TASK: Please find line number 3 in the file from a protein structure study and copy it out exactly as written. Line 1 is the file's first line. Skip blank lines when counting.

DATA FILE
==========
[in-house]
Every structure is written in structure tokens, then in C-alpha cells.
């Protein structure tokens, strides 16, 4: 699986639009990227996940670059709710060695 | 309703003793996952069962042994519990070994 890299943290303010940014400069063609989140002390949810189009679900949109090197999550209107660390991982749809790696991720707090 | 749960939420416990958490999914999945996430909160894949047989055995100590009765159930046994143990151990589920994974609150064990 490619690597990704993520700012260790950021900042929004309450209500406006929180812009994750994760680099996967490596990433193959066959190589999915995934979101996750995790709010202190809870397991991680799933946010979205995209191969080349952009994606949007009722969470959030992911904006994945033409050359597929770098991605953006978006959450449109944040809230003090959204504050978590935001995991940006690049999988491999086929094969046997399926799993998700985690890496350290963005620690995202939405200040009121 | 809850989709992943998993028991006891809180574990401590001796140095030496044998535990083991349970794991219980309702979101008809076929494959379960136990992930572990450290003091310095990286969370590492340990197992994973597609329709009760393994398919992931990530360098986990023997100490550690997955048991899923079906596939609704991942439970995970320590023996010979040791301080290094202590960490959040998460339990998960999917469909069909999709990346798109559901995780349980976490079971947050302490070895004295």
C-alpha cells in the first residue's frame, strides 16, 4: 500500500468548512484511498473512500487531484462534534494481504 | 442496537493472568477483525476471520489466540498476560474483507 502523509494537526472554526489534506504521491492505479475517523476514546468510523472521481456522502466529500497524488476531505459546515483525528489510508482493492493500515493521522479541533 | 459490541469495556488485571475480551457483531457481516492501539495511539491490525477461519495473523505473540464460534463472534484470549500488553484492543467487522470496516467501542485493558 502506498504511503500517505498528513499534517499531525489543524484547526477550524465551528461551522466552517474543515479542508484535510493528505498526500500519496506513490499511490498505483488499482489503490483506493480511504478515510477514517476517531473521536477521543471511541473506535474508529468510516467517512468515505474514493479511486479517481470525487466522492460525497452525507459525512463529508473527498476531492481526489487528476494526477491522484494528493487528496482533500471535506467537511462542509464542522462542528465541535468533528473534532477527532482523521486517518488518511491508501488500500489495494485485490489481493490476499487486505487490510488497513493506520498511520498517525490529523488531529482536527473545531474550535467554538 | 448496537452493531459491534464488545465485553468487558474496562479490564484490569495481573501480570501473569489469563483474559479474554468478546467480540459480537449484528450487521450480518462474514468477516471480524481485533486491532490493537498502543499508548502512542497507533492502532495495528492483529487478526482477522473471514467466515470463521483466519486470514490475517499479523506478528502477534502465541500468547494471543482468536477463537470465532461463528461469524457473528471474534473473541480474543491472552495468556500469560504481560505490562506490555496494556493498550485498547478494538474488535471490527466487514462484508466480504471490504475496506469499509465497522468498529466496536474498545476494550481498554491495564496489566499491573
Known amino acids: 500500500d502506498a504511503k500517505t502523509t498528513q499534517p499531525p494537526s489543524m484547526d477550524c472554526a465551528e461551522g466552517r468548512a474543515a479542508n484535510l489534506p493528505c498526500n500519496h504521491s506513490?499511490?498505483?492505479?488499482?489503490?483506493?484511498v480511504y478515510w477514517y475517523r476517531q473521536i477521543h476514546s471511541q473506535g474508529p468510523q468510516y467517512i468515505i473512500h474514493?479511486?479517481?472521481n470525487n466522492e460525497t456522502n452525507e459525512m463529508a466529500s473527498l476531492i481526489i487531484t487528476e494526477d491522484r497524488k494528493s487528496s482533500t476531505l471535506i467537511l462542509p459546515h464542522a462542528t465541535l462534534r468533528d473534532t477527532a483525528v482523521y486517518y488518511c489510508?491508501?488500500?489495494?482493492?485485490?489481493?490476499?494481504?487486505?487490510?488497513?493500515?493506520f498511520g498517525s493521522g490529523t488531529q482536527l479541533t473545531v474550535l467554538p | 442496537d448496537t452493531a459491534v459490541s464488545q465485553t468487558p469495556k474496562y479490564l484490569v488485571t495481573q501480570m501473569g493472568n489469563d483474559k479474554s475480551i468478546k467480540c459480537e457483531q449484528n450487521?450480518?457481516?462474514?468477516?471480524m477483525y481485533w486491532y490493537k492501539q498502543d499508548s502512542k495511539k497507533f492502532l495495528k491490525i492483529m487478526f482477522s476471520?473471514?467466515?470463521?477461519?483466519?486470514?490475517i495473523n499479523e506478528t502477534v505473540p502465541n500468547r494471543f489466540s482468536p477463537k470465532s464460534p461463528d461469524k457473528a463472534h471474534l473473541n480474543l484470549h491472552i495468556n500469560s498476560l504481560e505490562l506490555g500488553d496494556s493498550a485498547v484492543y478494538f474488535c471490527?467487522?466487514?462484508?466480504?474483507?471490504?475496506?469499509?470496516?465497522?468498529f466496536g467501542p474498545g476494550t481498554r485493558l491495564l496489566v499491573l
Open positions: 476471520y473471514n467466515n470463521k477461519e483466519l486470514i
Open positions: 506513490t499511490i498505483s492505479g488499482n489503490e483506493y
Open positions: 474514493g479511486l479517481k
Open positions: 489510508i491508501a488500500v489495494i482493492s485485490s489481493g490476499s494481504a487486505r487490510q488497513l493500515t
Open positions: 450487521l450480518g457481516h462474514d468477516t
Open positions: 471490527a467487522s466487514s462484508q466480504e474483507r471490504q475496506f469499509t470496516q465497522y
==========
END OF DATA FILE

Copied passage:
């Protein structure tokens, strides 16, 4: 699986639009990227996940670059709710060695 | 309703003793996952069962042994519990070994 890299943290303010940014400069063609989140002390949810189009679900949109090197999550209107660390991982749809790696991720707090 | 749960939420416990958490999914999945996430909160894949047989055995100590009765159930046994143990151990589920994974609150064990 490619690597990704993520700012260790950021900042929004309450209500406006929180812009994750994760680099996967490596990433193959066959190589999915995934979101996750995790709010202190809870397991991680799933946010979205995209191969080349952009994606949007009722969470959030992911904006994945033409050359597929770098991605953006978006959450449109944040809230003090959204504050978590935001995991940006690049999988491999086929094969046997399926799993998700985690890496350290963005620690995202939405200040009121 | 809850989709992943998993028991006891809180574990401590001796140095030496044998535990083991349970794991219980309702979101008809076929494959379960136990992930572990450290003091310095990286969370590492340990197992994973597609329709009760393994398919992931990530360098986990023997100490550690997955048991899923079906596939609704991942439970995970320590023996010979040791301080290094202590960490959040998460339990998960999917469909069909999709990346798109559901995780349980976490079971947050302490070895004295």